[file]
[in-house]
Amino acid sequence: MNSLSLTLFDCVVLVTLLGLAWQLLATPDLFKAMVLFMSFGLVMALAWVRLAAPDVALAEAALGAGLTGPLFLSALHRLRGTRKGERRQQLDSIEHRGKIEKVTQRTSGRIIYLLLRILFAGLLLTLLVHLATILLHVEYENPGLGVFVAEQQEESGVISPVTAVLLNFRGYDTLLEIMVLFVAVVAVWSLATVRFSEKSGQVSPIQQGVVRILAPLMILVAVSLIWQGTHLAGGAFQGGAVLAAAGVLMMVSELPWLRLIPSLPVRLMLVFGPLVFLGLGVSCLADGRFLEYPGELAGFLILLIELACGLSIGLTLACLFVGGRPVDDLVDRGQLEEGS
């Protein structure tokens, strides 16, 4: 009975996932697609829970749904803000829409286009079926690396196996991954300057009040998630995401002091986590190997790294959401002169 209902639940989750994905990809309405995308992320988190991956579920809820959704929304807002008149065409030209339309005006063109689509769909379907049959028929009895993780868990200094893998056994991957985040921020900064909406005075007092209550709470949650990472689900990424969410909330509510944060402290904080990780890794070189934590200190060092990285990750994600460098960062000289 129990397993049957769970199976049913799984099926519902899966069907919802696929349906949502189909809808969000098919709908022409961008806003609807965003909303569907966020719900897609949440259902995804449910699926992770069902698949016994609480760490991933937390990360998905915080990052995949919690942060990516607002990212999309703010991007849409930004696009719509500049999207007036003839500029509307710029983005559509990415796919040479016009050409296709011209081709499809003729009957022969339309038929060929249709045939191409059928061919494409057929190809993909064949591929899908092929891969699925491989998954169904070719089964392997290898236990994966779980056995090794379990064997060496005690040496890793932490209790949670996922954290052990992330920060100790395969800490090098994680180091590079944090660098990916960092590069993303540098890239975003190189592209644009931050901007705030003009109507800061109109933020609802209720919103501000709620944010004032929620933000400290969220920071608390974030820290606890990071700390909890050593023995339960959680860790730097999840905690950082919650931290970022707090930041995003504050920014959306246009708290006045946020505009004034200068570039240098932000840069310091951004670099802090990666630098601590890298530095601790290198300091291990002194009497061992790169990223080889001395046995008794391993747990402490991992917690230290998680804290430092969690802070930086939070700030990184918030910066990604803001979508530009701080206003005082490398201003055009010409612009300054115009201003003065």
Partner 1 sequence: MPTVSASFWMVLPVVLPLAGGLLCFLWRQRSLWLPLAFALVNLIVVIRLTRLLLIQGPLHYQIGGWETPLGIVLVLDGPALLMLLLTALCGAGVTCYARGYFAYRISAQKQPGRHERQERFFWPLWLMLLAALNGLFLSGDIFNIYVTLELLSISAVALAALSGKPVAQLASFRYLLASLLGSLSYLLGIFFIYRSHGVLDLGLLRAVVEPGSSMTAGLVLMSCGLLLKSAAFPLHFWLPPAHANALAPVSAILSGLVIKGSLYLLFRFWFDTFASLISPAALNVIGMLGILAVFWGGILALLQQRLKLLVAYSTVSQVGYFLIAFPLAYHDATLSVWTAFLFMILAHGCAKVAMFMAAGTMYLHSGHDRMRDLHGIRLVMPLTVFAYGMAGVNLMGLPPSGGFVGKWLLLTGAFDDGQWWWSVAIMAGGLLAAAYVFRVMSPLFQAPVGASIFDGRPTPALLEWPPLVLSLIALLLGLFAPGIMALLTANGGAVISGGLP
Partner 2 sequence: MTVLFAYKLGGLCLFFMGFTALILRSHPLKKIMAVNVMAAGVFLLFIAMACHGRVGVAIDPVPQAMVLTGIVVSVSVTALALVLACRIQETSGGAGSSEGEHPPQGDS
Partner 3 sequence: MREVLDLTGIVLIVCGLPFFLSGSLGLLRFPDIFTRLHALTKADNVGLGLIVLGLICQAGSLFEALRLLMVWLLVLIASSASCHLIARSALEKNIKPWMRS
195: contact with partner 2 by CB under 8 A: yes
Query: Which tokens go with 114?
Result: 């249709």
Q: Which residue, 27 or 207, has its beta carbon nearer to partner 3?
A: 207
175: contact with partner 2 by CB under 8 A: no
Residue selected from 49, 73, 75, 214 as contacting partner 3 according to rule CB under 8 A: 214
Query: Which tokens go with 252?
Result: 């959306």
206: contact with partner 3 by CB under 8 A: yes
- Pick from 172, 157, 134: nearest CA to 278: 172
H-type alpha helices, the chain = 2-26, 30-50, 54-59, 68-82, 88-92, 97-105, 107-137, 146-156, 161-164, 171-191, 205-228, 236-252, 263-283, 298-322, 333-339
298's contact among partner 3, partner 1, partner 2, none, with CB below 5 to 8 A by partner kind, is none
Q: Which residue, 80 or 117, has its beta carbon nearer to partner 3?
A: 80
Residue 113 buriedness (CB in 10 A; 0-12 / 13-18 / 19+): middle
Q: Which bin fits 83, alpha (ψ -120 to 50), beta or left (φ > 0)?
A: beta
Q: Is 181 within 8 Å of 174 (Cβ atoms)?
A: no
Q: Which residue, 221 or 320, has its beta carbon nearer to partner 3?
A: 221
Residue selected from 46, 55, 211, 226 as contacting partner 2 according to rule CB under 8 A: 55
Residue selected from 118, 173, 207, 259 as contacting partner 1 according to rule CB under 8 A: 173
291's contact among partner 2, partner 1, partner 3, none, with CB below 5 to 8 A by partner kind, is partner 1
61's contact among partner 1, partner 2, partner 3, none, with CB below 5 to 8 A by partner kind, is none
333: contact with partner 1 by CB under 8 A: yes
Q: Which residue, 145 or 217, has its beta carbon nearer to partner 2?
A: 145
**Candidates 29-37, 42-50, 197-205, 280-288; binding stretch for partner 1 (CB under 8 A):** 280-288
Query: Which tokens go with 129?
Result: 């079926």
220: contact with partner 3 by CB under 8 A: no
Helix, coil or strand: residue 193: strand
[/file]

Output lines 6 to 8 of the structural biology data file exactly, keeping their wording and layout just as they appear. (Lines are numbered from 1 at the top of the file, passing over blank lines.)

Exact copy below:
Partner 3 sequence: MREVLDLTGIVLIVCGLPFFLSGSLGLLRFPDIFTRLHALTKADNVGLGLIVLGLICQAGSLFEALRLLMVWLLVLIASSASCHLIARSALEKNIKPWMRS
195: contact with partner 2 by CB under 8 A: yes
Query: Which tokens go with 114?